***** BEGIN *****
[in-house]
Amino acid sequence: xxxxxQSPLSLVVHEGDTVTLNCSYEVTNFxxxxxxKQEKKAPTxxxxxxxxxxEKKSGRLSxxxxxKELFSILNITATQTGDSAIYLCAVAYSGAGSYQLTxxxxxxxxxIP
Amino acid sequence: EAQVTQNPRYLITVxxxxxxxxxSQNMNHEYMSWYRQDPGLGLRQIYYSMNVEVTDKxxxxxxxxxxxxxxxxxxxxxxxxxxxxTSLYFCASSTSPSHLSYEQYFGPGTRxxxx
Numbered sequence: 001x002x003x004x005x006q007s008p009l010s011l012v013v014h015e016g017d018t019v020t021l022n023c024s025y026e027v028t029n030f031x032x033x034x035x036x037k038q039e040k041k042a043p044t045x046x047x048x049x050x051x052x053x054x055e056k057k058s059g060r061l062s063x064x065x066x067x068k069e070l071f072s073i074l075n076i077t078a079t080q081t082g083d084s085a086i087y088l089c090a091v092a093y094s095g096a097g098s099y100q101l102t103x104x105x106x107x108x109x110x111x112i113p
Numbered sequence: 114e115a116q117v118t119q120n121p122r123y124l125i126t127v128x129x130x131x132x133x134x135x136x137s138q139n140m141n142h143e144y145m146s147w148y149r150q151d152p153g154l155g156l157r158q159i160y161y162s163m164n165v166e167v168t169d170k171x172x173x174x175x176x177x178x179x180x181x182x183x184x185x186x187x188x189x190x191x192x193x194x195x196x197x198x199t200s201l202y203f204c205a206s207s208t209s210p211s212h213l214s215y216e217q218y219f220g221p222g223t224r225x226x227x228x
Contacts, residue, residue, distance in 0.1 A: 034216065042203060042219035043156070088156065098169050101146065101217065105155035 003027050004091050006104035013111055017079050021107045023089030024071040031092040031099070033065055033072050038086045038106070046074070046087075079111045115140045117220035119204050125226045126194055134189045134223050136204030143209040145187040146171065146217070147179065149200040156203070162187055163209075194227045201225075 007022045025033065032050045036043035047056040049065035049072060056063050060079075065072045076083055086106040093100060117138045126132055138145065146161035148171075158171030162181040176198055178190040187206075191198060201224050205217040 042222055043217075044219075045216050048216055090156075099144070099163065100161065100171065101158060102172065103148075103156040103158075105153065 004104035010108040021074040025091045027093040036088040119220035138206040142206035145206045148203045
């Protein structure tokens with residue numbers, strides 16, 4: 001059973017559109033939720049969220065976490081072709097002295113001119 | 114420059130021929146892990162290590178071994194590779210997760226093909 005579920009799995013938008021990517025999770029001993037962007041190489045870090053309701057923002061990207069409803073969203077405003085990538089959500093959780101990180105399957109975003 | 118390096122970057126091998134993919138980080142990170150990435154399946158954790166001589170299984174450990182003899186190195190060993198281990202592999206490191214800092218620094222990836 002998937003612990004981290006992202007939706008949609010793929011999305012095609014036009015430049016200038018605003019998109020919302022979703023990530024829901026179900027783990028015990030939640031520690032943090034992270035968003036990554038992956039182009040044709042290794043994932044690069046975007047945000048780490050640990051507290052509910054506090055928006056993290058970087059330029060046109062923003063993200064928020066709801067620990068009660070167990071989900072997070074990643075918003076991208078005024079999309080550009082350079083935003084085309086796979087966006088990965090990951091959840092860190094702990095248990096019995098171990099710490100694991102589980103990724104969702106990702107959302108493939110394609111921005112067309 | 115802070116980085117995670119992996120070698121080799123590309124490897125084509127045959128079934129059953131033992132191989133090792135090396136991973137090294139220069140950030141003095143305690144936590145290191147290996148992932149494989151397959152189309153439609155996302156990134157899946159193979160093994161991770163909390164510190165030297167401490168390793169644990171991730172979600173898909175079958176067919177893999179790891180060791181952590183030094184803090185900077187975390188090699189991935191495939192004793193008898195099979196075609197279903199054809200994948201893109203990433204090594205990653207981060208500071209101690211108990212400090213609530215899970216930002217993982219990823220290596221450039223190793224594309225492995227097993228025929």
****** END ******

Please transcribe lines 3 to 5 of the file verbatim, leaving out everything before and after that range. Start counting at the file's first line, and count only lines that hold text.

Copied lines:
Amino acid sequence: EAQVTQNPRYLITVxxxxxxxxxSQNMNHEYMSWYRQDPGLGLRQIYYSMNVEVTDKxxxxxxxxxxxxxxxxxxxxxxxxxxxxTSLYFCASSTSPSHLSYEQYFGPGTRxxxx
Numbered sequence: 001x002x003x004x005x006q007s008p009l010s011l012v013v014h015e016g017d018t019v020t021l022n023c024s025y026e027v028t029n030f031x032x033x034x035x036x037k038q039e040k041k042a043p044t045x046x047x048x049x050x051x052x053x054x055e056k057k058s059g060r061l062s063x064x065x066x067x068k069e070l071f072s073i074l075n076i077t078a079t080q081t082g083d084s085a086i087y088l089c090a091v092a093y094s095g096a097g098s099y100q101l102t103x104x105x106x107x108x109x110x111x112i113p
Numbered sequence: 114e115a116q117v118t119q120n121p122r123y124l125i126t127v128x129x130x131x132x133x134x135x136x137s138q139n140m141n142h143e144y145m146s147w148y149r150q151d152p153g154l155g156l157r158q159i160y161y162s163m164n165v166e167v168t169d170k171x172x173x174x175x176x177x178x179x180x181x182x183x184x185x186x187x188x189x190x191x192x193x194x195x196x197x198x199t200s201l202y203f204c205a206s207s208t209s210p211s212h213l214s215y216e217q218y219f220g221p222g223t224r225x226x227x228x